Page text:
Amazing Restorative Dental Work

This photo of a specimen from the Louvre was not accompanied by any explanatory text, and just a modicum of identifying information.
Bridge consists of a gold wire ligature of female human teeth.
Place of discovery: Sayda.
Period: 6th century BC

There is a town in Saxony, Germany called Sayda, but since this specimen comes from a "Near Eastern Antiquities" fund, the Sayda referred to is apparently the one in Lebanon.  Regarding the work itself, one presumes that the two outermost teeth were still embedded in the jaw, since the gold wire wraps around them, and that the four center teeth with wire underneath them were fashioned into a bridge to serve a cosmetic (?and masticatory?) function.  Perhaps someone with dental restorative experience can offer a more enlightened opinion.

The mind-numbing aspect of the specimen is, of course, the prehistoric date.  One doesn't expect this degree of sophistication in 500 BC, although two-and-a-half millennia ago dental implants were being performed in Mesoamerica by the Maya.

Link (and a photo of other side of teeth), via Titam.

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I just went and read the report Titam linked to. I know I post a little late but it can still benefit. Basicaly they say that this is presumably from a female, at least 2 of the teeth were from another human. They date it to 4th century BC. There is not a lot of information on this one but there is an exhaustive history of many such bridges uncovered in different part of the world. This one seems to be one of the least documented.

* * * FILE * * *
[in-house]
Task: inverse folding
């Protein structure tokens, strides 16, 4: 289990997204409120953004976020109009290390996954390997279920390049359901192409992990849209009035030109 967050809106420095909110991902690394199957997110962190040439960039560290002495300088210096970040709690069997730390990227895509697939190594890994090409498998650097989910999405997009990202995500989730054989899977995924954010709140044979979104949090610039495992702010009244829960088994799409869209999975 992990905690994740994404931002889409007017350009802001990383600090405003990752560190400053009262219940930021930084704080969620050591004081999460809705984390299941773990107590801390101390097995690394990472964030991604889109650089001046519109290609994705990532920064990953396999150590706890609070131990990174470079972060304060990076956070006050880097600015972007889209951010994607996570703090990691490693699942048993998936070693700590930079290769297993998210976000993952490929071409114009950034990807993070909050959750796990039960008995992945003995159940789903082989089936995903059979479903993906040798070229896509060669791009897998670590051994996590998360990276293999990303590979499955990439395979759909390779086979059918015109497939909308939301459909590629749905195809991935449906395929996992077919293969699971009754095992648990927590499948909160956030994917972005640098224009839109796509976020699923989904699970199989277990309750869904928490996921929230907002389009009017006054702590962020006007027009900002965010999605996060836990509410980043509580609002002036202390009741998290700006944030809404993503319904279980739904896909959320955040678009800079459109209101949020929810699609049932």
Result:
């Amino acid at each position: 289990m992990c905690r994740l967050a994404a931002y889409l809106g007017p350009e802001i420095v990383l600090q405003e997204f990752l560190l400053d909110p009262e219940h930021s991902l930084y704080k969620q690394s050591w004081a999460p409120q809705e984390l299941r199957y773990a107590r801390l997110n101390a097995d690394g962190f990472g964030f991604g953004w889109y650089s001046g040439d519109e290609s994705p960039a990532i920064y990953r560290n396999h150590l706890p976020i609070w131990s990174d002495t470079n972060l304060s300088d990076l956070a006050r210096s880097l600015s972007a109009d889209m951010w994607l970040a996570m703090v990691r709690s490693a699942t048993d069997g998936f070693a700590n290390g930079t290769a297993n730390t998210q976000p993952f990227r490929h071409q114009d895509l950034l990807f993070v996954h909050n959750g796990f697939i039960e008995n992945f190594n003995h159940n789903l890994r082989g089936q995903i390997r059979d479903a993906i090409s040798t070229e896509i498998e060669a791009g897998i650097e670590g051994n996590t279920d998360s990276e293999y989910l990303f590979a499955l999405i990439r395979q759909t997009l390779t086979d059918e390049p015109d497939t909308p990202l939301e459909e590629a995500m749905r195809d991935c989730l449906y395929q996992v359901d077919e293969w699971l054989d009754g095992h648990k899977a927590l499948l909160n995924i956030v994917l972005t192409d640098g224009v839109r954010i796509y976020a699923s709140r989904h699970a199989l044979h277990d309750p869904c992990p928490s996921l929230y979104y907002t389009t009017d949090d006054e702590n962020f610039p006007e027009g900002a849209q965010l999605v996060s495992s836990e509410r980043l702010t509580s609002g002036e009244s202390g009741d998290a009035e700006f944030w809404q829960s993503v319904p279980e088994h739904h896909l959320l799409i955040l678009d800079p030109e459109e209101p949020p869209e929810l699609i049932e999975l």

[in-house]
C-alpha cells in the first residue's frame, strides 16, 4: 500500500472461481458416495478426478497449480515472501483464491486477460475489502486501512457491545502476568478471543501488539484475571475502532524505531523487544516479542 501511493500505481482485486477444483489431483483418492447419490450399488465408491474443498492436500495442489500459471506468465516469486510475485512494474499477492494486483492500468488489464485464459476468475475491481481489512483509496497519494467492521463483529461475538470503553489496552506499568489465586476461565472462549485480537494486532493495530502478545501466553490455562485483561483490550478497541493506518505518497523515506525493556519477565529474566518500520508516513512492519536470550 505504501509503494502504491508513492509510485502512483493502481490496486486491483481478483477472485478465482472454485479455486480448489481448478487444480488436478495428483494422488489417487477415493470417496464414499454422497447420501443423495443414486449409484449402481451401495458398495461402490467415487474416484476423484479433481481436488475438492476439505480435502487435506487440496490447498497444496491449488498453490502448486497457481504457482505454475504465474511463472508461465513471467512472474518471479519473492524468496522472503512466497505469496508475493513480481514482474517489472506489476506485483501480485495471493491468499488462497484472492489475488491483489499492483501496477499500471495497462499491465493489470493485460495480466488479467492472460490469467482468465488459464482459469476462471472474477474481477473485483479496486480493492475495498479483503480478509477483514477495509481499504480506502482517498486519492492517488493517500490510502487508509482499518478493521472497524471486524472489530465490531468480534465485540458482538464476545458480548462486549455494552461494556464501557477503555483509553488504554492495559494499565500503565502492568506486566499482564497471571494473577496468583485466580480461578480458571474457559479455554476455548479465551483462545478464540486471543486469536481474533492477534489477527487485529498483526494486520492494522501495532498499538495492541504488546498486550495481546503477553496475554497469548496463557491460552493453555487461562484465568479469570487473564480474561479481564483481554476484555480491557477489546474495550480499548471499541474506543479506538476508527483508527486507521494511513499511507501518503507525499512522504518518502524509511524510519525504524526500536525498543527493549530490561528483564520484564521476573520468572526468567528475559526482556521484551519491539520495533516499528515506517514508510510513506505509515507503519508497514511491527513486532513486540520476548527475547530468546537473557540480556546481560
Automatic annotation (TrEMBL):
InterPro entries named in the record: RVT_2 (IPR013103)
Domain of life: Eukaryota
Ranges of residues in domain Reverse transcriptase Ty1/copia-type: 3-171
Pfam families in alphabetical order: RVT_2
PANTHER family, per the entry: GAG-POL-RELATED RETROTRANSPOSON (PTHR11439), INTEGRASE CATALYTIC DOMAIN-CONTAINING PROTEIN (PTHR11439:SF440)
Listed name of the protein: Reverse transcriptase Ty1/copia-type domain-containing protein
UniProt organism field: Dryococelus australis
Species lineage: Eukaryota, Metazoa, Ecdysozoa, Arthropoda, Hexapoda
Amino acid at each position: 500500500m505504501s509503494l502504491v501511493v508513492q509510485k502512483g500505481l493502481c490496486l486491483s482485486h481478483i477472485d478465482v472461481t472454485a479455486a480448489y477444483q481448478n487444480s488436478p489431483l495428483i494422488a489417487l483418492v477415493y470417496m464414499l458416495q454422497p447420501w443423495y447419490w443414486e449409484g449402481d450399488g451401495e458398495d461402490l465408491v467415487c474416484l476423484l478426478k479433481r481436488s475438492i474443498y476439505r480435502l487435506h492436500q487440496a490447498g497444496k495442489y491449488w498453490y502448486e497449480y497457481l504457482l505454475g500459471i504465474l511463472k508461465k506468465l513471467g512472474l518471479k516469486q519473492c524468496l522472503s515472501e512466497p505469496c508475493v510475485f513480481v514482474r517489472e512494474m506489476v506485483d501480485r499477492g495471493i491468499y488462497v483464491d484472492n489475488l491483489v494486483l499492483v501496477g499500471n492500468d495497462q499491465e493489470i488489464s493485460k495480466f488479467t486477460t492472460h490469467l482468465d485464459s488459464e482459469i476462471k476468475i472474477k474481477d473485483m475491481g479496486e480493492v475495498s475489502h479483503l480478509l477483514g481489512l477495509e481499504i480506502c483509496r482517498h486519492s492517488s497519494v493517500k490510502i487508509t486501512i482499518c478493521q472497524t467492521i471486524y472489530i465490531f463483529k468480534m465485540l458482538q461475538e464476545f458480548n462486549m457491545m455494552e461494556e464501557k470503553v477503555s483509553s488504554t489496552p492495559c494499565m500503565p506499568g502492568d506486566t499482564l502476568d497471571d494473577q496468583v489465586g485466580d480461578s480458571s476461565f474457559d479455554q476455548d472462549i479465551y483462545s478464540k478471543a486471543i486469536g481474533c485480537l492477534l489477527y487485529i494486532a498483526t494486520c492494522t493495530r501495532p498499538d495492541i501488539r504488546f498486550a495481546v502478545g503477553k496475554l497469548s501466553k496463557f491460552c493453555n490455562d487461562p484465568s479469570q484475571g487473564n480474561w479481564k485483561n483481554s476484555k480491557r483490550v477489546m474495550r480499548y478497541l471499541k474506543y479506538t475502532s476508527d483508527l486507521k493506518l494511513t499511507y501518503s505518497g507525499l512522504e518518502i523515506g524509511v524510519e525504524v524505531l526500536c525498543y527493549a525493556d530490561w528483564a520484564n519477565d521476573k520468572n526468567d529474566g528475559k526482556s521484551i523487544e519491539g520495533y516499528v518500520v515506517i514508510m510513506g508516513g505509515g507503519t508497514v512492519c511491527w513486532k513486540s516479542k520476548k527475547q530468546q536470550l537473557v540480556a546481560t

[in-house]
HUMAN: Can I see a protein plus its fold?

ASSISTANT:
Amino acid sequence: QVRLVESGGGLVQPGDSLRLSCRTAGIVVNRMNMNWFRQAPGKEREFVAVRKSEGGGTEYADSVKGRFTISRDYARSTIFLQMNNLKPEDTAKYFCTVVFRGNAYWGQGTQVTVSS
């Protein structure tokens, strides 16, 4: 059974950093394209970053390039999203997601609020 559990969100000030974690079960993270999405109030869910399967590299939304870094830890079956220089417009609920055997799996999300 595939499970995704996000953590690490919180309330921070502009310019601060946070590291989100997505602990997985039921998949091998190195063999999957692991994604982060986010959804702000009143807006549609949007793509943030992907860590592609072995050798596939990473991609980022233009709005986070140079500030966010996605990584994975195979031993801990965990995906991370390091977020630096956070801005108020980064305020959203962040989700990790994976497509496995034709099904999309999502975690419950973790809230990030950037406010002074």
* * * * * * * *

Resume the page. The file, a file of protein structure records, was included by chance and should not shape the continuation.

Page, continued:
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Alex most likely they used a small bow-drill with a stone-tipped drillbit. Even back in those days they used that same kind of drill in the goldsmith's art. They had several herbs to sedate the patient, so all in all it will not have been all that different from some dentists-practices as you see them in China, Africa or even South America.
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Titam, thank you so much for the link to that French thesis; this prosthesis is discussed beginning on page 33 of that work. From what I can tell they consider it to be either Etruscan work or a Mideast copy of such work. I would add that since it was found in a grave but not attached to a body, it might have travelled as booty of war for its gold content and not be a local item.
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As a dentist, I find this type of work amazing. This is a fixed prosthetic device similar in theory to what is used now. The two teeth on the extreme ends are called abutment teeth. I would like to see the specimen in person since the tooth to the left in the photograph looks as though it has a post in it. The tooth to the right is obviously fractured slightly below the cementoenamel junction. Thanks for linking to this!
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